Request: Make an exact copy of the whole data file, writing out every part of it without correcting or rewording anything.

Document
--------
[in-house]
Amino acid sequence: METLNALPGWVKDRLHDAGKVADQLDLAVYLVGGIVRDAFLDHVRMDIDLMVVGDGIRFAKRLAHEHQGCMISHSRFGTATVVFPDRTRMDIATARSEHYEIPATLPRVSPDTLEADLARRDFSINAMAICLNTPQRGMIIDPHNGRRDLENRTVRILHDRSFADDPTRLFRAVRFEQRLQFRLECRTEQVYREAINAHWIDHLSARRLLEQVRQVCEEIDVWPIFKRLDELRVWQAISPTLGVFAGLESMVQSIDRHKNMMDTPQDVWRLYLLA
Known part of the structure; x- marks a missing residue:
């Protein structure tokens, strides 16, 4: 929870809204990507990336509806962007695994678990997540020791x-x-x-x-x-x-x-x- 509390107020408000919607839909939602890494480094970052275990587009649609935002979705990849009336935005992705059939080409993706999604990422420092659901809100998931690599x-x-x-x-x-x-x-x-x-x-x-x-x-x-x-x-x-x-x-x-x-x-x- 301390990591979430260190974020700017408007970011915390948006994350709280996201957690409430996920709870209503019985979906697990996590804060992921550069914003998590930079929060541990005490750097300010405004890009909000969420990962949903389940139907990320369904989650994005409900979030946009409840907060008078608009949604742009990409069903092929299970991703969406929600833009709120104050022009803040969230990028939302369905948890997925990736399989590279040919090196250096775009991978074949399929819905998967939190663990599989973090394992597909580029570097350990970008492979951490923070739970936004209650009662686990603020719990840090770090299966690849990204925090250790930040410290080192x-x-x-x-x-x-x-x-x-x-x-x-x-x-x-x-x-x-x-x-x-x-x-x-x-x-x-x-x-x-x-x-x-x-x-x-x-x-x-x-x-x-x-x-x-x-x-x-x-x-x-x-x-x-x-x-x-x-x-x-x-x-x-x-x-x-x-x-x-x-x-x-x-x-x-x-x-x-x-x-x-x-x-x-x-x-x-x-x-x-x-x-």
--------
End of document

[in-house]
Amino acid sequence: METLNALPGWVKDRLHDAGKVADQLDLAVYLVGGIVRDAFLDHVRMDIDLMVVGDGIRFAKRLAHEHQGCMISHSRFGTATVVFPDRTRMDIATARSEHYEIPATLPRVSPDTLEADLARRDFSINAMAICLNTPQRGMIIDPHNGRRDLENRTVRILHDRSFADDPTRLFRAVRFEQRLQFRLECRTEQVYREAINAHWIDHLSARRLLEQVRQVCEEIDVWPIFKRLDELRVWQAISPTLGVFAGLESMVQSIDRHKNMMDTPQDVWRLYLLA
Known part of the structure; x- marks a missing residue:
């Protein structure tokens, strides 16, 4: 929870809204990507990336509806962007695994678990997540020791x-x-x-x-x-x-x-x- 509390107020408000919607839909939602890494480094970052275990587009649609935002979705990849009336935005992705059939080409993706999604990422420092659901809100998931690599x-x-x-x-x-x-x-x-x-x-x-x-x-x-x-x-x-x-x-x-x-x-x- 301390990591979430260190974020700017408007970011915390948006994350709280996201957690409430996920709870209503019985979906697990996590804060992921550069914003998590930079929060541990005490750097300010405004890009909000969420990962949903389940139907990320369904989650994005409900979030946009409840907060008078608009949604742009990409069903092929299970991703969406929600833009709120104050022009803040969230990028939302369905948890997925990736399989590279040919090196250096775009991978074949399929819905998967939190663990599989973090394992597909580029570097350990970008492979951490923070739970936004209650009662686990603020719990840090770090299966690849990204925090250790930040410290080192x-x-x-x-x-x-x-x-x-x-x-x-x-x-x-x-x-x-x-x-x-x-x-x-x-x-x-x-x-x-x-x-x-x-x-x-x-x-x-x-x-x-x-x-x-x-x-x-x-x-x-x-x-x-x-x-x-x-x-x-x-x-x-x-x-x-x-x-x-x-x-x-x-x-x-x-x-x-x-x-x-x-x-x-x-x-x-x-x-x-x-x-």